Specialty Food Magazine


Specialty Food Magazine is the leading publication for retailers, manufacturers and foodservice professionals in the specialty food trade. It provides news, trends and business-building insights that help readers keep their businesses competitive.

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Page 141 of 203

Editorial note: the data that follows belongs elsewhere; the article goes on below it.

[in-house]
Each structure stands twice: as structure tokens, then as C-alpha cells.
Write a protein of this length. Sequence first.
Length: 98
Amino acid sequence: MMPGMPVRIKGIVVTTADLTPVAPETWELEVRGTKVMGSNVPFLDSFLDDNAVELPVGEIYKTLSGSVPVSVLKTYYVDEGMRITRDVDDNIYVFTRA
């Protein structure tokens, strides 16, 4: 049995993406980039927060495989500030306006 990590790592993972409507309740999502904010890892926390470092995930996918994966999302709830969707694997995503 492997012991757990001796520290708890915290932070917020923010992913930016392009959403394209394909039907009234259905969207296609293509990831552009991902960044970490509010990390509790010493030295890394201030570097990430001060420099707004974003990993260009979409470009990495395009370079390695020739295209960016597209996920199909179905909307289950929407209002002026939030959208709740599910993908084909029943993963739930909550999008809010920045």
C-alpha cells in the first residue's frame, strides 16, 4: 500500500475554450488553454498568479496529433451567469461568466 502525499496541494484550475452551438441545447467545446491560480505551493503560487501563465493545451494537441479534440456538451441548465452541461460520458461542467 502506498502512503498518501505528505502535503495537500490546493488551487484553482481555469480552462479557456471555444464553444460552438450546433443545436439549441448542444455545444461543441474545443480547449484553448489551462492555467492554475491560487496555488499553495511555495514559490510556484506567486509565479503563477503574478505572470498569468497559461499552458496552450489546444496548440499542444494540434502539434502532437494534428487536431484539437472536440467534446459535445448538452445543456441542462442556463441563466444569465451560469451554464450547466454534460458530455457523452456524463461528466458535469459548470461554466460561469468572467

PHOTOS: INDIVIDUAL PRODUCERS Michael Antonorsi Chuao Chocolatier Tom Knibbs Urban Accents Doug Renfro Renfro Foods to the consumer to spur sales are a must. I recommend creating a go-to demo that will be easy to execute in a variety of store environ- ments. Cross-promote all in-store activity on social media and use your content to try and gain support from the retailer's social audi- ence. Facebook advertising is the best bang for your buck for a small company, and you can use the segmenting features to reach your target audience. Saturate your local market before going national. Use Google Analytics to track your geographic hot spots and focus efforts there and where you have the biggest distribution. Managing all of these tactics won't guarantee success, but doing none of them will guarantee failure. As for perseverance, create a go-to-market plan and revisit it often. If one buyer doesn't bring in your product perhaps there is another department where it may work. Take each "no" as a learning experience to fine-tune your marketing message. Track performance of every "yes" to ensure sell-through. Make friends as well as busi- ness contacts. This is a cool business; enjoy the ride. I would love to attend every trade show and be able to do demos for all of our customers, but it's not financially or physically possible. When rank- ing the importance between demos and trade shows, where should we place more resources at this point? M.A.: We've been there, but the great thing we've learned about building a company with limited resources is that is requires focus. That focus can become the key to your success. We chose to focus our time and finances on a few trade shows that put us in front of key buyers, distributors, and press. We built a Two teaspoons of Olo's Chipotle Paste, which is packaged in a 4-ounce aluminum tube, can substitute for one chipotle pepper. The company initially sold the product online through Amazon. Sur La Table was one of Olo's first retail customers; today the products are carried by Whole Foods Markets, Albertsons, and many indepen- dent retailers. In 2014 Olo's started working with national distributors KeHe and UNFI, and sales have been ramping up. Olo's will be launching a new harissa paste in a tube this summer. Here, Lowe asks a panel of experienced producers about grow- ing her business. What are the challenges of selling specialty dry grocery products? T.K.: The challenges can be addressed with the 4+1 p's: product, price, placement, promotion (+1 is perseverance). The first hurdle is to have a product that people want to buy. What is your unique selling proposition: taste, ingredients, packag- ing, size, f lavors? Learn how to highlight those differences in your sales presentations succinctly. What will people pay for your product? How do your costs compare to other like products? Will that price provide enough profit for your company? Do you have enough gross margin in your pricing to support promotions? Learn how to properly build a price model that includes overhead, staffing, freight, promotions, and other marketing activity—but don't overprice your product, espe- cially for introductions. Placement: How do you get your product to the retailer and consumer? Where does your product belong in the retailer's store? Online sales for direct to consumers, selling direct to retailers, going through distributors for larger retailers? You can do all three, but it needs to be managed carefully. After you get the product, price, and placement established, perhaps the biggest challenge is figuring out ways to promote the product. Advertising and social media will help establish brand awareness. In-store demos and sampling will get the consumer to try the product. Price reductions that allow the retailer to offer "deals" THE PANEL "If one buyer doesn't bring in your product, perhaps there is another department where it may work. Take each 'no' as a learning experience to fne-tune your marketing message." SUMMER 2015 139

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